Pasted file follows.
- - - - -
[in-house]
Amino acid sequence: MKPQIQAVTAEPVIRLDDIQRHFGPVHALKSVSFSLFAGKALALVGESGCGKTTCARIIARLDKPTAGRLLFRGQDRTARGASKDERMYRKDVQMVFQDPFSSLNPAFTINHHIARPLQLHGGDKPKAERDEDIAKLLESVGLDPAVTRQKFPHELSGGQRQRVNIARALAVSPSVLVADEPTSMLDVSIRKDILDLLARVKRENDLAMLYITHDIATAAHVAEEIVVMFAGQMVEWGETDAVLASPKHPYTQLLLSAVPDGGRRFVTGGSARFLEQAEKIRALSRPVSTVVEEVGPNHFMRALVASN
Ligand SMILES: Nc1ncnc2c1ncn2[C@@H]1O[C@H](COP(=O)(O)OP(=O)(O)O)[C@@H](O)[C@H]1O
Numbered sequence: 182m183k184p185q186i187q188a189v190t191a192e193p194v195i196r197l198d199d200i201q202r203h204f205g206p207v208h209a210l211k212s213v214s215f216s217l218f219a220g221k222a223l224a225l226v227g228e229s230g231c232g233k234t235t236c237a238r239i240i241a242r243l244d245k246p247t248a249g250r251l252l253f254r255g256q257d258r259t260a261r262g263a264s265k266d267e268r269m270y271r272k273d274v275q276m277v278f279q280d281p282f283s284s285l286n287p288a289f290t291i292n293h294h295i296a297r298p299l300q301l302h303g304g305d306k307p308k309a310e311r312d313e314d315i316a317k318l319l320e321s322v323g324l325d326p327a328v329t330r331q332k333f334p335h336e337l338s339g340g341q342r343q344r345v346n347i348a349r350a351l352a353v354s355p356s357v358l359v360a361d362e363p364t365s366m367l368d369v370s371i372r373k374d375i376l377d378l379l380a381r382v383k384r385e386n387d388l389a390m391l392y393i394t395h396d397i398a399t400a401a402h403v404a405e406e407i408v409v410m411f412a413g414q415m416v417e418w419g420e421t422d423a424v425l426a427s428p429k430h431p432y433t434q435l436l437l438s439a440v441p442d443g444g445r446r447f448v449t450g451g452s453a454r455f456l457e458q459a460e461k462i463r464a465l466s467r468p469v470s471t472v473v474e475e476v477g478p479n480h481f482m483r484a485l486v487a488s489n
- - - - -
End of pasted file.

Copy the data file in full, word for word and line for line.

[in-house]
Amino acid sequence: MKPQIQAVTAEPVIRLDDIQRHFGPVHALKSVSFSLFAGKALALVGESGCGKTTCARIIARLDKPTAGRLLFRGQDRTARGASKDERMYRKDVQMVFQDPFSSLNPAFTINHHIARPLQLHGGDKPKAERDEDIAKLLESVGLDPAVTRQKFPHELSGGQRQRVNIARALAVSPSVLVADEPTSMLDVSIRKDILDLLARVKRENDLAMLYITHDIATAAHVAEEIVVMFAGQMVEWGETDAVLASPKHPYTQLLLSAVPDGGRRFVTGGSARFLEQAEKIRALSRPVSTVVEEVGPNHFMRALVASN
Ligand SMILES: Nc1ncnc2c1ncn2[C@@H]1O[C@H](COP(=O)(O)OP(=O)(O)O)[C@@H](O)[C@H]1O
Numbered sequence: 182m183k184p185q186i187q188a189v190t191a192e193p194v195i196r197l198d199d200i201q202r203h204f205g206p207v208h209a210l211k212s213v214s215f216s217l218f219a220g221k222a223l224a225l226v227g228e229s230g231c232g233k234t235t236c237a238r239i240i241a242r243l244d245k246p247t248a249g250r251l252l253f254r255g256q257d258r259t260a261r262g263a264s265k266d267e268r269m270y271r272k273d274v275q276m277v278f279q280d281p282f283s284s285l286n287p288a289f290t291i292n293h294h295i296a297r298p299l300q301l302h303g304g305d306k307p308k309a310e311r312d313e314d315i316a317k318l319l320e321s322v323g324l325d326p327a328v329t330r331q332k333f334p335h336e337l338s339g340g341q342r343q344r345v346n347i348a349r350a351l352a353v354s355p356s357v358l359v360a361d362e363p364t365s366m367l368d369v370s371i372r373k374d375i376l377d378l379l380a381r382v383k384r385e386n387d388l389a390m391l392y393i394t395h396d397i398a399t400a401a402h403v404a405e406e407i408v409v410m411f412a413g414q415m416v417e418w419g420e421t422d423a424v425l426a427s428p429k430h431p432y433t434q435l436l437l438s439a440v441p442d443g444g445r446r447f448v449t450g451g452s453a454r455f456l457e458q459a460e461k462i463r464a465l466s467r468p469v470s471t472v473v474e475e476v477g478p479n480h481f482m483r484a485l486v487a488s489n